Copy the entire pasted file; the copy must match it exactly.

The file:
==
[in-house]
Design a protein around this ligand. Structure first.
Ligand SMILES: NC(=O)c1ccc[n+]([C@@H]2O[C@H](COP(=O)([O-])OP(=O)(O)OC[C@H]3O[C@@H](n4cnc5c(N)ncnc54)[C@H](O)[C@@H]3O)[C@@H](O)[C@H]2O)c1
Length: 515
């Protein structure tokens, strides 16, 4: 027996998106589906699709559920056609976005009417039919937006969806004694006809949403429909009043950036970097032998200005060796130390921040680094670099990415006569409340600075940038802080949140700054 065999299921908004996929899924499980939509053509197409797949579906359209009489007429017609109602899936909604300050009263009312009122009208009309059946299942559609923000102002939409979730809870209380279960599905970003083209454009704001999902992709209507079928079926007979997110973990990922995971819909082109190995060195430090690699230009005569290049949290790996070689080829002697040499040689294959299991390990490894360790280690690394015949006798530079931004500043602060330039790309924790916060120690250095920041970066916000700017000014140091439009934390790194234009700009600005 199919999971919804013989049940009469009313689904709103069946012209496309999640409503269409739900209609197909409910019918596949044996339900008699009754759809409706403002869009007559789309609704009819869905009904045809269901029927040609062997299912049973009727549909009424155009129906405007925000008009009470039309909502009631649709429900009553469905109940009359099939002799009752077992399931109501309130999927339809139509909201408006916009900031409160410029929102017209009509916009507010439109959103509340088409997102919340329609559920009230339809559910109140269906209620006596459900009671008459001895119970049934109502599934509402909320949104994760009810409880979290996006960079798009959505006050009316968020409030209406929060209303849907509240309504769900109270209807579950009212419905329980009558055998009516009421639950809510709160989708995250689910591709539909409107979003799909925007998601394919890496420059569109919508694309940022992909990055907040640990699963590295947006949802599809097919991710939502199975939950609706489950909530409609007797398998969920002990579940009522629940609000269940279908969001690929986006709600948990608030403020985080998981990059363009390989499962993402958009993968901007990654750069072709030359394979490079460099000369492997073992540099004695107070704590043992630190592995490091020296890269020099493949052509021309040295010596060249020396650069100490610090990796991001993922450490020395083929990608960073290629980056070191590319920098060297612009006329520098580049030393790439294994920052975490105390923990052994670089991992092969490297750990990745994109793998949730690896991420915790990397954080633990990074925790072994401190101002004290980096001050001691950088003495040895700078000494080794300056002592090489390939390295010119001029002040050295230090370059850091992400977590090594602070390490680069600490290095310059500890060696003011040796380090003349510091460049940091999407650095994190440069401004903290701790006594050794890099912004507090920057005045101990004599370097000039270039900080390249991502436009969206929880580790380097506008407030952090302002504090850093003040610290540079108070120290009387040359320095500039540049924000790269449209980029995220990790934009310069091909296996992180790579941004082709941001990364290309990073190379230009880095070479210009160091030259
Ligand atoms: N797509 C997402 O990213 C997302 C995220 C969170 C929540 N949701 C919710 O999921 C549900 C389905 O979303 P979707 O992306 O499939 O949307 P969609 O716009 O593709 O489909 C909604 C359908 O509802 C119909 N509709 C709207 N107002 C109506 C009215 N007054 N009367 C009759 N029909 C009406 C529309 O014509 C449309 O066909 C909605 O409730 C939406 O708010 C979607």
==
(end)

[in-house]
Design a protein around this ligand. Structure first.
Ligand SMILES: NC(=O)c1ccc[n+]([C@@H]2O[C@H](COP(=O)([O-])OP(=O)(O)OC[C@H]3O[C@@H](n4cnc5c(N)ncnc54)[C@H](O)[C@@H]3O)[C@@H](O)[C@H]2O)c1
Length: 515
């Protein structure tokens, strides 16, 4: 027996998106589906699709559920056609976005009417039919937006969806004694006809949403429909009043950036970097032998200005060796130390921040680094670099990415006569409340600075940038802080949140700054 065999299921908004996929899924499980939509053509197409797949579906359209009489007429017609109602899936909604300050009263009312009122009208009309059946299942559609923000102002939409979730809870209380279960599905970003083209454009704001999902992709209507079928079926007979997110973990990922995971819909082109190995060195430090690699230009005569290049949290790996070689080829002697040499040689294959299991390990490894360790280690690394015949006798530079931004500043602060330039790309924790916060120690250095920041970066916000700017000014140091439009934390790194234009700009600005 199919999971919804013989049940009469009313689904709103069946012209496309999640409503269409739900209609197909409910019918596949044996339900008699009754759809409706403002869009007559789309609704009819869905009904045809269901029927040609062997299912049973009727549909009424155009129906405007925000008009009470039309909502009631649709429900009553469905109940009359099939002799009752077992399931109501309130999927339809139509909201408006916009900031409160410029929102017209009509916009507010439109959103509340088409997102919340329609559920009230339809559910109140269906209620006596459900009671008459001895119970049934109502599934509402909320949104994760009810409880979290996006960079798009959505006050009316968020409030209406929060209303849907509240309504769900109270209807579950009212419905329980009558055998009516009421639950809510709160989708995250689910591709539909409107979003799909925007998601394919890496420059569109919508694309940022992909990055907040640990699963590295947006949802599809097919991710939502199975939950609706489950909530409609007797398998969920002990579940009522629940609000269940279908969001690929986006709600948990608030403020985080998981990059363009390989499962993402958009993968901007990654750069072709030359394979490079460099000369492997073992540099004695107070704590043992630190592995490091020296890269020099493949052509021309040295010596060249020396650069100490610090990796991001993922450490020395083929990608960073290629980056070191590319920098060297612009006329520098580049030393790439294994920052975490105390923990052994670089991992092969490297750990990745994109793998949730690896991420915790990397954080633990990074925790072994401190101002004290980096001050001691950088003495040895700078000494080794300056002592090489390939390295010119001029002040050295230090370059850091992400977590090594602070390490680069600490290095310059500890060696003011040796380090003349510091460049940091999407650095994190440069401004903290701790006594050794890099912004507090920057005045101990004599370097000039270039900080390249991502436009969206929880580790380097506008407030952090302002504090850093003040610290540079108070120290009387040359320095500039540049924000790269449209980029995220990790934009310069091909296996992180790579941004082709941001990364290309990073190379230009880095070479210009160091030259
Ligand atoms: N797509 C997402 O990213 C997302 C995220 C969170 C929540 N949701 C919710 O999921 C549900 C389905 O979303 P979707 O992306 O499939 O949307 P969609 O716009 O593709 O489909 C909604 C359908 O509802 C119909 N509709 C709207 N107002 C109506 C009215 N007054 N009367 C009759 N029909 C009406 C529309 O014509 C449309 O066909 C909605 O409730 C939406 O708010 C979607």